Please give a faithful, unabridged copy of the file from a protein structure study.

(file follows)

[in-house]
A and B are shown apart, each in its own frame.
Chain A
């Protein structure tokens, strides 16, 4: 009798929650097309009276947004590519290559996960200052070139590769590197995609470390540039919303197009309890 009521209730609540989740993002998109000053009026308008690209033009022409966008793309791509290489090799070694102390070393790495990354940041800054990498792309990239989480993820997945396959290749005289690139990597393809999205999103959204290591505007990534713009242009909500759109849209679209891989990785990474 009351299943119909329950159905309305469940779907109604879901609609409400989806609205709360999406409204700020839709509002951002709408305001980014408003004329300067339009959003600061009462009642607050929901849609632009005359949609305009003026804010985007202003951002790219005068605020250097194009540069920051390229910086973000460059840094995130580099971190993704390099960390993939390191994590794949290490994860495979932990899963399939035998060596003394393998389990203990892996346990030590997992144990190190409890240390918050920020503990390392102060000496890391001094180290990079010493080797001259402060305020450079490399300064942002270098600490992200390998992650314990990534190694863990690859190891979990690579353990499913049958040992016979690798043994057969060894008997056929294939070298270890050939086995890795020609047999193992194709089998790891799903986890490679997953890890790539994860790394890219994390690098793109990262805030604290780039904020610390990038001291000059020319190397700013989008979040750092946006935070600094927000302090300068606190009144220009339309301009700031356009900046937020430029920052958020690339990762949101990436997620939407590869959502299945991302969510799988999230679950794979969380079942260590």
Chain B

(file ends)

[in-house]
A and B are shown apart, each in its own frame.
Chain A
């Protein structure tokens, strides 16, 4: 009798929650097309009276947004590519290559996960200052070139590769590197995609470390540039919303197009309890 009521209730609540989740993002998109000053009026308008690209033009022409966008793309791509290489090799070694102390070393790495990354940041800054990498792309990239989480993820997945396959290749005289690139990597393809999205999103959204290591505007990534713009242009909500759109849209679209891989990785990474 009351299943119909329950159905309305469940779907109604879901609609409400989806609205709360999406409204700020839709509002951002709408305001980014408003004329300067339009959003600061009462009642607050929901849609632009005359949609305009003026804010985007202003951002790219005068605020250097194009540069920051390229910086973000460059840094995130580099971190993704390099960390993939390191994590794949290490994860495979932990899963399939035998060596003394393998389990203990892996346990030590997992144990190190409890240390918050920020503990390392102060000496890391001094180290990079010493080797001259402060305020450079490399300064942002270098600490992200390998992650314990990534190694863990690859190891979990690579353990499913049958040992016979690798043994057969060894008997056929294939070298270890050939086995890795020609047999193992194709089998790891799903986890490679997953890890790539994860790394890219994390690098793109990262805030604290780039904020610390990038001291000059020319190397700013989008979040750092946006935070600094927000302090300068606190009144220009339309301009700031356009900046937020430029920052958020690339990762949101990436997620939407590869959502299945991302969510799988999230679950794979969380079942260590």
Chain B